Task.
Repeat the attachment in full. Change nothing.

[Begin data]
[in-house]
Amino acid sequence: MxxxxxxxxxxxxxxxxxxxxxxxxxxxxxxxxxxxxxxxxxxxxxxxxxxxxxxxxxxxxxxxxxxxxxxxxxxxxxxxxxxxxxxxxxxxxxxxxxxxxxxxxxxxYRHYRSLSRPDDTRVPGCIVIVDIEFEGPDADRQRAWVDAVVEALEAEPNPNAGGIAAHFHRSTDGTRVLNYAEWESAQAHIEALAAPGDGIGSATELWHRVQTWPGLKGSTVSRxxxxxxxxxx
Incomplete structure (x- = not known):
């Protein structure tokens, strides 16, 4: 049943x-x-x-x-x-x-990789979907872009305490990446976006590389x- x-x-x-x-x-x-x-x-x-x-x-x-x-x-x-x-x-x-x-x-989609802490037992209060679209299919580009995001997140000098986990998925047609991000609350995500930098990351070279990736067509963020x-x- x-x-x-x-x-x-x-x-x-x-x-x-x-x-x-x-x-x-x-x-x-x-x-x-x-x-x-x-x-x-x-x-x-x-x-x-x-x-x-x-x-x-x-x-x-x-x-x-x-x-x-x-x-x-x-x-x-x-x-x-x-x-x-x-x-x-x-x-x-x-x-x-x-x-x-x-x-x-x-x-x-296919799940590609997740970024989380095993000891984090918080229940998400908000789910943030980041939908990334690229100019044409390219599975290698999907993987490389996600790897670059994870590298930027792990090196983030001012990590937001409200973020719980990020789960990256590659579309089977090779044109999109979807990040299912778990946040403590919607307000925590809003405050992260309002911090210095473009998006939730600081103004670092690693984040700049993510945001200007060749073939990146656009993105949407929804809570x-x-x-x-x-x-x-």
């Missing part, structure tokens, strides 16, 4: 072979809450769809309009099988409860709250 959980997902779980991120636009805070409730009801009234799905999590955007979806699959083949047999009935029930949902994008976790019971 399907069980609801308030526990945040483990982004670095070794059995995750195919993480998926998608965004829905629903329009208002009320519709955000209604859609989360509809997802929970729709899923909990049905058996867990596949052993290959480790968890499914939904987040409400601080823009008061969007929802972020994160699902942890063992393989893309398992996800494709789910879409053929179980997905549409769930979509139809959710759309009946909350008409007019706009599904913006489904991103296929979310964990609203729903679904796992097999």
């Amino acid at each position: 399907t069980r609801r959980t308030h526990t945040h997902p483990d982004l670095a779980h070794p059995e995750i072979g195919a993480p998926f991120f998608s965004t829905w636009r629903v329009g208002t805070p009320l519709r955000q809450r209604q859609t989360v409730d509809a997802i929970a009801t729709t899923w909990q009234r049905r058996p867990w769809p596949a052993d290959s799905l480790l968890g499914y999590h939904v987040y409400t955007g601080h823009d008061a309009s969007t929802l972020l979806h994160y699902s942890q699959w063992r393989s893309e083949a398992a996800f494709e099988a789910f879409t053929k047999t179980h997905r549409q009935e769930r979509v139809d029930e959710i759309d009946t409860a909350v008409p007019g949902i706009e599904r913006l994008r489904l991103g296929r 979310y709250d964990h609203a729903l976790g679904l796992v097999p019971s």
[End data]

[in-house]
Amino acid sequence: MxxxxxxxxxxxxxxxxxxxxxxxxxxxxxxxxxxxxxxxxxxxxxxxxxxxxxxxxxxxxxxxxxxxxxxxxxxxxxxxxxxxxxxxxxxxxxxxxxxxxxxxxxxxYRHYRSLSRPDDTRVPGCIVIVDIEFEGPDADRQRAWVDAVVEALEAEPNPNAGGIAAHFHRSTDGTRVLNYAEWESAQAHIEALAAPGDGIGSATELWHRVQTWPGLKGSTVSRxxxxxxxxxx
Incomplete structure (x- = not known):
């Protein structure tokens, strides 16, 4: 049943x-x-x-x-x-x-990789979907872009305490990446976006590389x- x-x-x-x-x-x-x-x-x-x-x-x-x-x-x-x-x-x-x-x-989609802490037992209060679209299919580009995001997140000098986990998925047609991000609350995500930098990351070279990736067509963020x-x- x-x-x-x-x-x-x-x-x-x-x-x-x-x-x-x-x-x-x-x-x-x-x-x-x-x-x-x-x-x-x-x-x-x-x-x-x-x-x-x-x-x-x-x-x-x-x-x-x-x-x-x-x-x-x-x-x-x-x-x-x-x-x-x-x-x-x-x-x-x-x-x-x-x-x-x-x-x-x-x-x-296919799940590609997740970024989380095993000891984090918080229940998400908000789910943030980041939908990334690229100019044409390219599975290698999907993987490389996600790897670059994870590298930027792990090196983030001012990590937001409200973020719980990020789960990256590659579309089977090779044109999109979807990040299912778990946040403590919607307000925590809003405050992260309002911090210095473009998006939730600081103004670092690693984040700049993510945001200007060749073939990146656009993105949407929804809570x-x-x-x-x-x-x-």
């Missing part, structure tokens, strides 16, 4: 072979809450769809309009099988409860709250 959980997902779980991120636009805070409730009801009234799905999590955007979806699959083949047999009935029930949902994008976790019971 399907069980609801308030526990945040483990982004670095070794059995995750195919993480998926998608965004829905629903329009208002009320519709955000209604859609989360509809997802929970729709899923909990049905058996867990596949052993290959480790968890499914939904987040409400601080823009008061969007929802972020994160699902942890063992393989893309398992996800494709789910879409053929179980997905549409769930979509139809959710759309009946909350008409007019706009599904913006489904991103296929979310964990609203729903679904796992097999």
């Amino acid at each position: 399907t069980r609801r959980t308030h526990t945040h997902p483990d982004l670095a779980h070794p059995e995750i072979g195919a993480p998926f991120f998608s965004t829905w636009r629903v329009g208002t805070p009320l519709r955000q809450r209604q859609t989360v409730d509809a997802i929970a009801t729709t899923w909990q009234r049905r058996p867990w769809p596949a052993d290959s799905l480790l968890g499914y999590h939904v987040y409400t955007g601080h823009d008061a309009s969007t929802l972020l979806h994160y699902s942890q699959w063992r393989s893309e083949a398992a996800f494709e099988a789910f879409t053929k047999t179980h997905r549409q009935e769930r979509v139809d029930e959710i759309d009946t409860a909350v008409p007019g949902i706009e599904r913006l994008r489904l991103g296929r 979310y709250d964990h609203a729903l976790g679904l796992v097999p019971s």